The fearless person is well aware of the fear she faces. The fear, though, becomes a compass, not a barrier. It becomes a way to know what to do next, not an evil demon to be extinguished.
When we deny our fear, we make it stronger.
When we reassure the voice in our head by rationally reminding it of everything that will go right, we actually reinforce it.
Pushing back on fear doesn’t make us brave and it doesn’t make us fearless. Acknowledging fear and moving on is a very different approach, one that permits it to exist without strengthening it.
Life without fear doesn’t last very long–you’ll be run over by a bus (or a boss) before you know it. The fearless person, on the other hand, sees the world as it is (fear included) and then makes smart (and brave) decisions.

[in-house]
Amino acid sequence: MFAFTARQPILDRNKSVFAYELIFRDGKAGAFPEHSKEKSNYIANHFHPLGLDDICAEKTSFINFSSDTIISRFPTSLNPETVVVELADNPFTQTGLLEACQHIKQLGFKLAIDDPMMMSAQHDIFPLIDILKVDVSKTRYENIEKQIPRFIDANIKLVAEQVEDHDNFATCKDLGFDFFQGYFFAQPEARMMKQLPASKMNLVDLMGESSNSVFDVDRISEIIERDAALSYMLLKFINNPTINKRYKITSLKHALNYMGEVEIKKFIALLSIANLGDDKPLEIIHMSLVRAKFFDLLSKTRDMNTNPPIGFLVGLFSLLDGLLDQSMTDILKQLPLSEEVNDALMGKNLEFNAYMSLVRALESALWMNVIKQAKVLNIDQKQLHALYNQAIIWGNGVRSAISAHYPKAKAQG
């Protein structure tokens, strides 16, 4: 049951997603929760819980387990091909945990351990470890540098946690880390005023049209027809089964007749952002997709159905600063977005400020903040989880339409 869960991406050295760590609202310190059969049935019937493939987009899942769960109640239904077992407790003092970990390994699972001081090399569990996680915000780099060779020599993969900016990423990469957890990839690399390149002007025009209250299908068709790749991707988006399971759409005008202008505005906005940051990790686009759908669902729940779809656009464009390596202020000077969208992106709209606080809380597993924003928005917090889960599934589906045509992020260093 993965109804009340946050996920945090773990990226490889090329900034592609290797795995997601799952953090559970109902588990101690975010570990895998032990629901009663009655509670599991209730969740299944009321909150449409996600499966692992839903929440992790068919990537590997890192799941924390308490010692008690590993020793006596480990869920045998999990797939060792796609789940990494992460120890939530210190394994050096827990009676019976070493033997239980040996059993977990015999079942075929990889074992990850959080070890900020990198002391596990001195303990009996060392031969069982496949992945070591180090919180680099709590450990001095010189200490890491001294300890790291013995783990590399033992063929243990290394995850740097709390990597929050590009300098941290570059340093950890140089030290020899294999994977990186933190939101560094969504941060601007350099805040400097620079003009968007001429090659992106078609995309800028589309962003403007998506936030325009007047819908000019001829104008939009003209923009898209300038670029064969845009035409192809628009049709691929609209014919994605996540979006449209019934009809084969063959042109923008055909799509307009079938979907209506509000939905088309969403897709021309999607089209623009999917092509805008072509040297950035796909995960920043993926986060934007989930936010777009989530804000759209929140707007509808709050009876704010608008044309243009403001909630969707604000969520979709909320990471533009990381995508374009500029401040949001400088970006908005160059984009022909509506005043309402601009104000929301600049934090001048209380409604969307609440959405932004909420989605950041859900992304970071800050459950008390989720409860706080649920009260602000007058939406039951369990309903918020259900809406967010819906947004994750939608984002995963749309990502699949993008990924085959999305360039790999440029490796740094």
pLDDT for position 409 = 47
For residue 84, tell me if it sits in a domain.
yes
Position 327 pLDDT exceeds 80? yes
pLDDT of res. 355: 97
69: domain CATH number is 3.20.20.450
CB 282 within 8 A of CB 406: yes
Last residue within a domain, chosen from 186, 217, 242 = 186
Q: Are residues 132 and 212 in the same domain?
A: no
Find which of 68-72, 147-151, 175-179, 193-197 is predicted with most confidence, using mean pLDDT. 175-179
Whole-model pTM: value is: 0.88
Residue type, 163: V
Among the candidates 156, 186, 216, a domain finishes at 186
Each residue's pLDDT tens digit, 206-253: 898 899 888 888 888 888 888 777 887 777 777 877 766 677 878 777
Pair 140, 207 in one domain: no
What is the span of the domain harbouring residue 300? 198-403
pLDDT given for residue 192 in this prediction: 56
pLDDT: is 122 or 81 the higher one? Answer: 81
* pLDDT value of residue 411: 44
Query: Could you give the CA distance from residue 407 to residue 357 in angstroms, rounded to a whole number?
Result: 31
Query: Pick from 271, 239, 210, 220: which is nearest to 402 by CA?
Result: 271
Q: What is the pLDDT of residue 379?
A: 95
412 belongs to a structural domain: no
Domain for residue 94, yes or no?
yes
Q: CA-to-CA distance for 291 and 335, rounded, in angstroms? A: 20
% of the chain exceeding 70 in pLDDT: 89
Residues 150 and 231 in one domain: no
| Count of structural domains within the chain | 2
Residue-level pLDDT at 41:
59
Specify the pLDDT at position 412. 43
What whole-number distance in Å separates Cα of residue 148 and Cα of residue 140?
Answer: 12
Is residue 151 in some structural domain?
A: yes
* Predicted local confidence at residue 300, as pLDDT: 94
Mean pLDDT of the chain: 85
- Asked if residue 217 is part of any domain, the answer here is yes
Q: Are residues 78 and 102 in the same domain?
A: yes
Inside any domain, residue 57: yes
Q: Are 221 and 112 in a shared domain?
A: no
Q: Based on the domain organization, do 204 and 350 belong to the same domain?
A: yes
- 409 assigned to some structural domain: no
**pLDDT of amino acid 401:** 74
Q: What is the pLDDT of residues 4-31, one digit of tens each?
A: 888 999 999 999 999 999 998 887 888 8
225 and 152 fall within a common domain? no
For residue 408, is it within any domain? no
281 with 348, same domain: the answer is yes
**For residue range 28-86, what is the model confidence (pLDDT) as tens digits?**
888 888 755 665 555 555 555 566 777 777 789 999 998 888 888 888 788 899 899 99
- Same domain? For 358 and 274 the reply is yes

So I just had a coaching session with someone fabulously Woo (Sofia Wren, if you’re interested) who pointed me towards the blog of another life-coach type – Tara Mohr. And Tara has a post up about Mentoring With Excellence.
Some of it is stuff we’ve discussed on Kink Leaders before (teaching with anecdotes or from personal experience, but being up front about doing so), some of it is new material. I particularly appreciated the explanation of “coaching questions” and how they work.
Anyway. Since mentoring is a sort of one-on-one, open-ended (Socratic Method?) type of teaching, and since a whole bunch of us are on the educator path (by the looks of things), I though I wouldn’t be the only one who found it helpful. Consequently, I’m linking it here.
Go forth and read. :-)